The 6th National Aesthetic Nursing Conference took place on Friday 20th January in the Liver Building in Liverpool. It was attended by over 100 Aesthetic Nurses in the industry who travelled from all over the UK and Northern Ireland and me from the Republic of Ireland.

The conference was a huge success and all presentations and speakers were amazing! Looking forward to next years conference already!


I was absolutely delighted and honoured to have been invited back for the second consecutive year as a guest speaker. I am currently the only Irish Medical Professional that has been invited to speak at the National Aesthetic Nursing Conference.


For the first time ever at the conference, JAN's consultant editor Cheryl Barton posed a motion regarding whether delegates have confidence in non-health groups injecting Botox and Fillers.

Aesthetic Nurses attending the 6th Annual Aesthetic Nursing Conference, voted unanimously (no abstainers) that they have 'No Confidence' in the provision of medical aesthetics (namely facial injections) to the general public by the non health groups.

Watch this space to the future of non medics offering Medical procedures!

If you missed the conference, here is a collection of tweets and pictures of the day! Please click on the link below:

https://twitter.com/i/moments/822517439107858433


Wednesday, 18 January 2017

Rosacea - The Curse of the Celts!

Rosacea is a common chronic skin condition that mainly affects the face. It is estimated that approximately 1 in 10 people will suffer from it but many are unaware that they have it. The first sign of Rosacea is often facial flushing. It commonly affects people with fair skin and can affect both men and women. It can occur at any age but typically is noticeable at the age of 30.

People with Rosacea may also experience spots, papules and pustules, persistent redness of their skin. Small blood vessels in the skin can become visible. In the most severe cases, the skin can thicken and enlarge, usually on and around the nose and some people can ecperience eye irritation.

The exact cause of Rosacea is unknown but several triggers have been identified that may make the symptoms worse in some people. These can vary from person to person. These include:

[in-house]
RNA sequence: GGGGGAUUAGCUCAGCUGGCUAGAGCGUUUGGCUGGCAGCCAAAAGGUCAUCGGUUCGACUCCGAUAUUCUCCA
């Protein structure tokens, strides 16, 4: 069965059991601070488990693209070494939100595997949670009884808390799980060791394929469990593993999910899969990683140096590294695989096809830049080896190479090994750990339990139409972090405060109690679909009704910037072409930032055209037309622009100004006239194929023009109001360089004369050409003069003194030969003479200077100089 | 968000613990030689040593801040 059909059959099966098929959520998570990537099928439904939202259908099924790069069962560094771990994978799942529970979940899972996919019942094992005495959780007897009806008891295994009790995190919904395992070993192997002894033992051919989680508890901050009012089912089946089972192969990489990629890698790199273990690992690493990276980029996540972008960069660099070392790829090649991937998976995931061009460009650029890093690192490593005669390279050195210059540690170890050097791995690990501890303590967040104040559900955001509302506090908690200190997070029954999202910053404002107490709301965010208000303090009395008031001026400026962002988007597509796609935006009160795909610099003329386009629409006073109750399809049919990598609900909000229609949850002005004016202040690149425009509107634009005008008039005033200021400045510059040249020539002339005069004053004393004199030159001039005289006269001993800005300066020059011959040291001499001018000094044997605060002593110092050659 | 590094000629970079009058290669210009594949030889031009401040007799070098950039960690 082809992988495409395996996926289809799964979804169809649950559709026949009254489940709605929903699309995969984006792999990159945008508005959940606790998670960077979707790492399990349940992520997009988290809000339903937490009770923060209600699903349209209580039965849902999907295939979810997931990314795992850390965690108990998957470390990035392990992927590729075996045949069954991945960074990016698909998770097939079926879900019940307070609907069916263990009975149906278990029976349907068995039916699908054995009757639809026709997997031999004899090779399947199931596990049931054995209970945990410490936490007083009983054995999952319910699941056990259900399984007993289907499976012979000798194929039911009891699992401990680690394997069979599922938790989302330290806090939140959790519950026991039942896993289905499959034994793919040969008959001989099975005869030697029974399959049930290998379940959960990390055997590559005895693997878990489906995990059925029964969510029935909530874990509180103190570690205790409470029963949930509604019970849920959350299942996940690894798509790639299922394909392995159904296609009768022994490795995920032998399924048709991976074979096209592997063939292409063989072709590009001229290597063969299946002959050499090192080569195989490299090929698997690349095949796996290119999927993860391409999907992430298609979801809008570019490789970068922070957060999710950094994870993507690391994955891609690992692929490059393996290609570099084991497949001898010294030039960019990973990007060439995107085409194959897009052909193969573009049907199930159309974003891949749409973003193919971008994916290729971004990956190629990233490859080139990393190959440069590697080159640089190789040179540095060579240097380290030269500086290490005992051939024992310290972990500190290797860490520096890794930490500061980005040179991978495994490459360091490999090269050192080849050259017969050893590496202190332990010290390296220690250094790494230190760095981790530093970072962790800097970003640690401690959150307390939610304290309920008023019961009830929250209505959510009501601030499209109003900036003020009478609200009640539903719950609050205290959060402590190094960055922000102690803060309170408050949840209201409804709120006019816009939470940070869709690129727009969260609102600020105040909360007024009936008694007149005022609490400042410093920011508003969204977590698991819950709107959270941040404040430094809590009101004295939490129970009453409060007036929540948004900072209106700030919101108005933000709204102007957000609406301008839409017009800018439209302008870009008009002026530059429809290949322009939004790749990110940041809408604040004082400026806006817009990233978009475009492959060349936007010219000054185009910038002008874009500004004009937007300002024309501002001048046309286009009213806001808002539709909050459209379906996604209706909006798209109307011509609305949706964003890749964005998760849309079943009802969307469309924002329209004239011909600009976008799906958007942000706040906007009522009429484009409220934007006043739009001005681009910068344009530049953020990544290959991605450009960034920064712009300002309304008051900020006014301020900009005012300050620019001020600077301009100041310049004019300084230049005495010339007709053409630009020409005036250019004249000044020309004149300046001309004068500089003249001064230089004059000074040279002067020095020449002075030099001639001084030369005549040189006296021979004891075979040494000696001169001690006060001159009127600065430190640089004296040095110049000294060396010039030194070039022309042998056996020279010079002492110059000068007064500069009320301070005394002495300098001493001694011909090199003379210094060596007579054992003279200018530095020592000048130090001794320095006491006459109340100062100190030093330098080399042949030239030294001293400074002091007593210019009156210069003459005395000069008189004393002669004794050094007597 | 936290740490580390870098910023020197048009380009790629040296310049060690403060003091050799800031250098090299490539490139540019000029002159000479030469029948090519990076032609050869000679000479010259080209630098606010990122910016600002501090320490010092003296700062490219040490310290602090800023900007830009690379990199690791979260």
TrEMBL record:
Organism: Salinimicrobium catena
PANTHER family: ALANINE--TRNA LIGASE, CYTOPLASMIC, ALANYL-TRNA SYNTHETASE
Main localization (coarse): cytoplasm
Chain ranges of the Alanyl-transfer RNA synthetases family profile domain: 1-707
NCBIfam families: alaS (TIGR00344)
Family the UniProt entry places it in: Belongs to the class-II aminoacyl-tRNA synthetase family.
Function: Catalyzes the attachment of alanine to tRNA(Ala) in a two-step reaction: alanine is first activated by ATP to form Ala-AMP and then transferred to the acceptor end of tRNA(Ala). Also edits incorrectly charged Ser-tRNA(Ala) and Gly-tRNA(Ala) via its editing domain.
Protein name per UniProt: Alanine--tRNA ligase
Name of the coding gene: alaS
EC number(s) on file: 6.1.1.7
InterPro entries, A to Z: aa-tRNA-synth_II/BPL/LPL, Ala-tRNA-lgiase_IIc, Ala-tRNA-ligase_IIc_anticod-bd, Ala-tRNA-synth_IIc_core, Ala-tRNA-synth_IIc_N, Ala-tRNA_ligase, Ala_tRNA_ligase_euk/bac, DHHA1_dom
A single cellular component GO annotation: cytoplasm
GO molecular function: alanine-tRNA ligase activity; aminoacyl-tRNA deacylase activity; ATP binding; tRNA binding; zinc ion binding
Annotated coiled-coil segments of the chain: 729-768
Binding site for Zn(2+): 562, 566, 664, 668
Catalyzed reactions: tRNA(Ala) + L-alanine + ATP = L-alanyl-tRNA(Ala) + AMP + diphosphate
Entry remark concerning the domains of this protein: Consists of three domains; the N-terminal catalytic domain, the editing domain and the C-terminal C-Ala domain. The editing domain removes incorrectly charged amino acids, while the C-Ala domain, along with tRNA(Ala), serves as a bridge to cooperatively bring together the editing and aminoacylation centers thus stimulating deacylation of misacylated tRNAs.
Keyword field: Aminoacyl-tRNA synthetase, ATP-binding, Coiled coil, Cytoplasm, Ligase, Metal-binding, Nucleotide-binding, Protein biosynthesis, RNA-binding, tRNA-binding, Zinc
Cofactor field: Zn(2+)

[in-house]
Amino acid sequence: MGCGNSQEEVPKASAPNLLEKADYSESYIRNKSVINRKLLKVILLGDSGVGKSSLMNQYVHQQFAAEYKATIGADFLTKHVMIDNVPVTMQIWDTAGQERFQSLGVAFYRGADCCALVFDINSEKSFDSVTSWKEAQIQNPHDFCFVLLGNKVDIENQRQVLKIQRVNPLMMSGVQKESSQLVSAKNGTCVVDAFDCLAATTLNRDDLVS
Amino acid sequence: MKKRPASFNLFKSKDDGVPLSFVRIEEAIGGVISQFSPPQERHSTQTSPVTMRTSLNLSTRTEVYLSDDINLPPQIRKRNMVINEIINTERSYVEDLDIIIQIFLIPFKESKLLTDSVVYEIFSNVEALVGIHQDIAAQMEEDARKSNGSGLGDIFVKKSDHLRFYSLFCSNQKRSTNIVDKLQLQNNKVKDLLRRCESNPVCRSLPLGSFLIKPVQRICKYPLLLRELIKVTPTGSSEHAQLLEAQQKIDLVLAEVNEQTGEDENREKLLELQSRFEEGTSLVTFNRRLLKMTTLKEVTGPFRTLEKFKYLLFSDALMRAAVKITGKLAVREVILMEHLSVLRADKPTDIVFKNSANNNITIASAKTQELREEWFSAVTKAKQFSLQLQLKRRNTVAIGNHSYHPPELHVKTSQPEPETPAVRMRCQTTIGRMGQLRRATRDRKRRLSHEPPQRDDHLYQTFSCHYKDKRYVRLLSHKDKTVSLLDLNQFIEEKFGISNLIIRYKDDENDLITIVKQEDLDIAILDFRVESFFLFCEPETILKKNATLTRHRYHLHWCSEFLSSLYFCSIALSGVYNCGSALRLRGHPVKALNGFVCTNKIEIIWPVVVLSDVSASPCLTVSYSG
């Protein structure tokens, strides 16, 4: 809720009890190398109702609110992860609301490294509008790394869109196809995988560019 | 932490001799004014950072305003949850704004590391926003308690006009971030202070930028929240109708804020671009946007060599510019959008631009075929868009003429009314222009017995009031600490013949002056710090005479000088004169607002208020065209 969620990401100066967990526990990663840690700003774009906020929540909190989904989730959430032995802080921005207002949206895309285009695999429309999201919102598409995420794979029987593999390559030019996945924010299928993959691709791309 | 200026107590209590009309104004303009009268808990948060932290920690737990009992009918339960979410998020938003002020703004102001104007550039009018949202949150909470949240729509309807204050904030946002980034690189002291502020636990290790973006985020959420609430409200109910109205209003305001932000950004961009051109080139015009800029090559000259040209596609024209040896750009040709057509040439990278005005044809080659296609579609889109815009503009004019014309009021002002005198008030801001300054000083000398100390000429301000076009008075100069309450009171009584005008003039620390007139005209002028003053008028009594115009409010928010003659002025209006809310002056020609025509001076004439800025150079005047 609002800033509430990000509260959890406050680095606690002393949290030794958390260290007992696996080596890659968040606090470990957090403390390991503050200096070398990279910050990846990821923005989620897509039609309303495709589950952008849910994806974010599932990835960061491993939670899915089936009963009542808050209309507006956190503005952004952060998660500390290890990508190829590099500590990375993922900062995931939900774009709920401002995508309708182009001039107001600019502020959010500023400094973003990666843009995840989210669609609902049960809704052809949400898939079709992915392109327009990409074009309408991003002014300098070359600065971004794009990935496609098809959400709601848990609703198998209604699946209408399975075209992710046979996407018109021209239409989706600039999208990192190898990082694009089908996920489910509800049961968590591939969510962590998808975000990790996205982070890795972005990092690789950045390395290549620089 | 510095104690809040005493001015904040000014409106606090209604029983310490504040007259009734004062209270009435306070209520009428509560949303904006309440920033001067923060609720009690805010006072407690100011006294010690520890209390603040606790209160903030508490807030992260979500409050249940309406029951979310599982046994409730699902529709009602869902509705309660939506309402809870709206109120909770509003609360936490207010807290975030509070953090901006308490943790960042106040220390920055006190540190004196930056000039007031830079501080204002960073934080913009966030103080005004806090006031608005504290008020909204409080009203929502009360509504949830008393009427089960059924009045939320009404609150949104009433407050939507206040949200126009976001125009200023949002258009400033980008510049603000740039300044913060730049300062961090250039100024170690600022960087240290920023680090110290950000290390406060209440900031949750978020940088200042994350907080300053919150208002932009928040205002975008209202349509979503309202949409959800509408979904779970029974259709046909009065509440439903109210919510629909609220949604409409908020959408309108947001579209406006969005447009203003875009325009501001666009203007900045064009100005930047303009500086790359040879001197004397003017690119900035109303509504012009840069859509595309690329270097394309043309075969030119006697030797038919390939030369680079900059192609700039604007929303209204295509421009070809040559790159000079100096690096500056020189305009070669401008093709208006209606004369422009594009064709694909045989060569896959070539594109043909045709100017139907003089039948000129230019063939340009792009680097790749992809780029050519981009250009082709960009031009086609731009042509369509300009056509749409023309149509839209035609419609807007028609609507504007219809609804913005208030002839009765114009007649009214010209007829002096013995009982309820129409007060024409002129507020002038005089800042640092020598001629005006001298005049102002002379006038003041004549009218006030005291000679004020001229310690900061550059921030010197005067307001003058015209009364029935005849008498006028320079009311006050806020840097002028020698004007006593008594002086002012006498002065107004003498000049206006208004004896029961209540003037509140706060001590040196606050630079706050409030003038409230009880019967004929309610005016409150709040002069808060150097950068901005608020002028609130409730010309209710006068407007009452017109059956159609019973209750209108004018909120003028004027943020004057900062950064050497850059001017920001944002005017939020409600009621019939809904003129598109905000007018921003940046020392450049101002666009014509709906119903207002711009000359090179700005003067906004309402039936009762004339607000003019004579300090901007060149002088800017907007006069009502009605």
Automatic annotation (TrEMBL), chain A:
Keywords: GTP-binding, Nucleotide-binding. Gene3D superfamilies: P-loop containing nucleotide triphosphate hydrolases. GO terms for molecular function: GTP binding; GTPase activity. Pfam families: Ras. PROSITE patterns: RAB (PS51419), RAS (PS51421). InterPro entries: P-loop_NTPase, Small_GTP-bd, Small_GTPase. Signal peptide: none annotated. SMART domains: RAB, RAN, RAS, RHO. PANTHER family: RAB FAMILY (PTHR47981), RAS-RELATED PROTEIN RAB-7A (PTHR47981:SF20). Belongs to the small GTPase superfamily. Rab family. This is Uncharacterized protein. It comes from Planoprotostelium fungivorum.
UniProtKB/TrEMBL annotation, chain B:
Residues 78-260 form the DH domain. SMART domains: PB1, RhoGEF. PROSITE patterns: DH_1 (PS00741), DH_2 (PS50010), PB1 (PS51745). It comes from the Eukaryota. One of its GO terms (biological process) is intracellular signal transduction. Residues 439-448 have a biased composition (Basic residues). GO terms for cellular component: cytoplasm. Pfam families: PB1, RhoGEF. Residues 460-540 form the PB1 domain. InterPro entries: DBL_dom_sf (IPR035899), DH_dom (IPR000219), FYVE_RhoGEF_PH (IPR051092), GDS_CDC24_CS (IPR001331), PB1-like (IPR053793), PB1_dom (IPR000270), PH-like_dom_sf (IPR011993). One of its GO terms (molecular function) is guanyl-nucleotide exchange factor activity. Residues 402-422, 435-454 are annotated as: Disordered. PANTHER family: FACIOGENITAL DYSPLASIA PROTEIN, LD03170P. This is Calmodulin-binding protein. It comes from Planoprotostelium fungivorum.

* exposure to sunlight
* stress
* cold weather
* hot drinks
* alcohol
* eating certain foods, such as spicy foods
* dermodex folliculorum (microscopic mite)

There is no cure for Rosacea, but treatments are available to control the symptoms. Treatments for Rosacea include:

* Making lifestyle changes, such as avoiding possible triggers
* Wearing sunscreen can be a good way of controlling the symptoms of facial flushing
* Creams and gels
* Metronidazole
* Azelaic acid
* Antibiotics
* Visible blood vessels associated with Rosacea are known as Telangiectasia. Treatment for Telangiectasia will usually require a referral to a skin specialist.
* IPL treatment
* It may be possible to disguise patches of persistent red skin using specially designed 'camouflage' make-up
* Colonic Hydrotherapy
* Platelet Rich Plasma (PRP)



For more information on Rosacea and treatments available, contact the Claudia McGloin Clinic by calling 071 9140728 or send an email to Claudia@claudiamcgloinclinic.com





Monday, 16 January 2017

Skin Secrets!

Welcome to Skin Secrets!



Skin Secrets by Claudia McGloin is a Blog and a monthly newspaper column that is dedicated to all things skin!

It will offer expert advice and tips while covering a wide range of skin conditions, treatments and skincare available.

If there is something in particular that you would like to see covered, please get in touch by sending us a message or emailing claudia@claudiamcgloinclinic.com

More information can be found on:

Our website-  www.claudiamcgloinclinic.com

Facebook page -  https://www.facebook.com/skinsecretsbyclaudiamcgloin/

Blog page - http://skinsecretsbyclaudiamcgloin.blogspot.ie/


Hope you enjoy Skin Secrets!

Claudia X